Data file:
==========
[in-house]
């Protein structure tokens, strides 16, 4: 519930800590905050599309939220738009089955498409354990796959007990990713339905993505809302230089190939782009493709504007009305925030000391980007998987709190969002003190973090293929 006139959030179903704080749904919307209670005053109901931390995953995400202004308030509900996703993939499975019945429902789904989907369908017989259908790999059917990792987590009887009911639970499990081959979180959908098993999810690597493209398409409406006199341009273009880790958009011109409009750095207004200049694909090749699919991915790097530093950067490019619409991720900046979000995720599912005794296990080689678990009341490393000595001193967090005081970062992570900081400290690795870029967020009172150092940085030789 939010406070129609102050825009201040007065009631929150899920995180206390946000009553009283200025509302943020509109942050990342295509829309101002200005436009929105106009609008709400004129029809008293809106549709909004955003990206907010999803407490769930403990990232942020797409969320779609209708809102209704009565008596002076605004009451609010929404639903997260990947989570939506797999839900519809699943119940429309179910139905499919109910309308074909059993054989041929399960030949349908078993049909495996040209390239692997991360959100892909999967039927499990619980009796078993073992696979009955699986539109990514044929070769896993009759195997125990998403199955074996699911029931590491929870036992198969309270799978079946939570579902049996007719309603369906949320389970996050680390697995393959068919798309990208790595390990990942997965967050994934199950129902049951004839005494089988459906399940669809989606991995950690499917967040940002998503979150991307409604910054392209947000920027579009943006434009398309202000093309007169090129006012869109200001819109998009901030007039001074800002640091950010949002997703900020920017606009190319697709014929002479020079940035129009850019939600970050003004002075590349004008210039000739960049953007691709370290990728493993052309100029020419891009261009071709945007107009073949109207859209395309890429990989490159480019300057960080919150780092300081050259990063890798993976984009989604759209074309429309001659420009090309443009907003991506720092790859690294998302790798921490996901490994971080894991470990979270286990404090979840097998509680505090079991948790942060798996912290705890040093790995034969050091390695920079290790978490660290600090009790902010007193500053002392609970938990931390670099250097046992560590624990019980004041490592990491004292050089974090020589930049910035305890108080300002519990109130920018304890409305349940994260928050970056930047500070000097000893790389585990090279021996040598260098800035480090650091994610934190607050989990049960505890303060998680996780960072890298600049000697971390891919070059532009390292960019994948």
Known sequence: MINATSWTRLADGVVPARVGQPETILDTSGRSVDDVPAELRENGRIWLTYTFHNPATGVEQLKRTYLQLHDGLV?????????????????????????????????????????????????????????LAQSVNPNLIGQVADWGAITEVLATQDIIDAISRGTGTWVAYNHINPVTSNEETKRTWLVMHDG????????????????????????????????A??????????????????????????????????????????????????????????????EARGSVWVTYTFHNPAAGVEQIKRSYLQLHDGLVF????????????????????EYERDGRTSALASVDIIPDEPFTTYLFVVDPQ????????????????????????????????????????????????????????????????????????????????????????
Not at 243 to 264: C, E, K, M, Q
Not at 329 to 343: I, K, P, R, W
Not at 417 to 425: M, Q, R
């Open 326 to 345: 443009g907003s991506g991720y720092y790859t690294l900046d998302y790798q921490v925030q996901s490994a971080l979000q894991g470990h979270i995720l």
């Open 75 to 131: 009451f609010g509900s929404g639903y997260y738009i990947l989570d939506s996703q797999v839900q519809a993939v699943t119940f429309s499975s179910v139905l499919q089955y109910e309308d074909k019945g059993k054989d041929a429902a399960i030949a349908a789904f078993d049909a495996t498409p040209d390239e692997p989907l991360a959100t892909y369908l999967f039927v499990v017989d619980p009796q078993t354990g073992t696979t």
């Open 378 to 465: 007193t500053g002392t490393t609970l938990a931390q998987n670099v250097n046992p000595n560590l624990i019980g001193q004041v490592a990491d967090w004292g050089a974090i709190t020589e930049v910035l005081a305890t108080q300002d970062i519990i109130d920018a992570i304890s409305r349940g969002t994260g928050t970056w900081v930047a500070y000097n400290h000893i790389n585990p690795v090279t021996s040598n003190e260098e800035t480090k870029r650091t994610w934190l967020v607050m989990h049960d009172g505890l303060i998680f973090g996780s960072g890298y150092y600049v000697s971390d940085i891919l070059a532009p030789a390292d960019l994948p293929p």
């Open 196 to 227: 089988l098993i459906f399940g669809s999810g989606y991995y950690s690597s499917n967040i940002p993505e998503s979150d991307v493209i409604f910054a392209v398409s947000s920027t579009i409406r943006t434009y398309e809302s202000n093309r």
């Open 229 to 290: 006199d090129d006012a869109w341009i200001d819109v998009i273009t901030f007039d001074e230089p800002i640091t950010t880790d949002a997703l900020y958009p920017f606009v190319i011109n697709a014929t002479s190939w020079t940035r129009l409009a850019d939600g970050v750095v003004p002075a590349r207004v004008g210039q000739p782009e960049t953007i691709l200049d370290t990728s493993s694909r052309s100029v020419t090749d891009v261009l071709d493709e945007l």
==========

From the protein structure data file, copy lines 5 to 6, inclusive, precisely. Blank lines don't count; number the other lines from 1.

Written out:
Not at 329 to 343: I, K, P, R, W
Not at 417 to 425: M, Q, R